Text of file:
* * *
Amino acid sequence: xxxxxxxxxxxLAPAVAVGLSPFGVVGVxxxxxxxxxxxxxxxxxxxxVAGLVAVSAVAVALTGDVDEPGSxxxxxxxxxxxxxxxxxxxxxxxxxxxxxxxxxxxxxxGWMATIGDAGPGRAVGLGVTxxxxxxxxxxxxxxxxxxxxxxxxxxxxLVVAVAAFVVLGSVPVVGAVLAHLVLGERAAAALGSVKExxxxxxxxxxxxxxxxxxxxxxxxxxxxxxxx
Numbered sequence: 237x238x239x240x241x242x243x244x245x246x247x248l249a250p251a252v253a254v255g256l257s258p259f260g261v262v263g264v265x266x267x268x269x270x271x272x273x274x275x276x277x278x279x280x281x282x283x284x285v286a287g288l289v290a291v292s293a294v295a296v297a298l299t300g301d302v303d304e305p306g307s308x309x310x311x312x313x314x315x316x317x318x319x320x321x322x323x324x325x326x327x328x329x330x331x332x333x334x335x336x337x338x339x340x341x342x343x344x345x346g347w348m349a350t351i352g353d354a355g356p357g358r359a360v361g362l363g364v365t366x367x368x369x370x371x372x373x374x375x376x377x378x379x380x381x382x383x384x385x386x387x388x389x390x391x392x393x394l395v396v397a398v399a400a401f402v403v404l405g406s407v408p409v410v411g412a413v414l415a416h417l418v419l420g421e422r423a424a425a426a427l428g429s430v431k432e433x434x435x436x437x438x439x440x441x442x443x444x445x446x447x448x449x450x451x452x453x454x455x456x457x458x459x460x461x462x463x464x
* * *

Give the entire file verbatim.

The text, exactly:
Amino acid sequence: xxxxxxxxxxxLAPAVAVGLSPFGVVGVxxxxxxxxxxxxxxxxxxxxVAGLVAVSAVAVALTGDVDEPGSxxxxxxxxxxxxxxxxxxxxxxxxxxxxxxxxxxxxxxGWMATIGDAGPGRAVGLGVTxxxxxxxxxxxxxxxxxxxxxxxxxxxxLVVAVAAFVVLGSVPVVGAVLAHLVLGERAAAALGSVKExxxxxxxxxxxxxxxxxxxxxxxxxxxxxxxx
Numbered sequence: 237x238x239x240x241x242x243x244x245x246x247x248l249a250p251a252v253a254v255g256l257s258p259f260g261v262v263g264v265x266x267x268x269x270x271x272x273x274x275x276x277x278x279x280x281x282x283x284x285v286a287g288l289v290a291v292s293a294v295a296v297a298l299t300g301d302v303d304e305p306g307s308x309x310x311x312x313x314x315x316x317x318x319x320x321x322x323x324x325x326x327x328x329x330x331x332x333x334x335x336x337x338x339x340x341x342x343x344x345x346g347w348m349a350t351i352g353d354a355g356p357g358r359a360v361g362l363g364v365t366x367x368x369x370x371x372x373x374x375x376x377x378x379x380x381x382x383x384x385x386x387x388x389x390x391x392x393x394l395v396v397a398v399a400a401f402v403v404l405g406s407v408p409v410v411g412a413v414l415a416h417l418v419l420g421e422r423a424a425a426a427l428g429s430v431k432e433x434x435x436x437x438x439x440x441x442x443x444x445x446x447x448x449x450x451x452x453x454x455x456x457x458x459x460x461x462x463x464x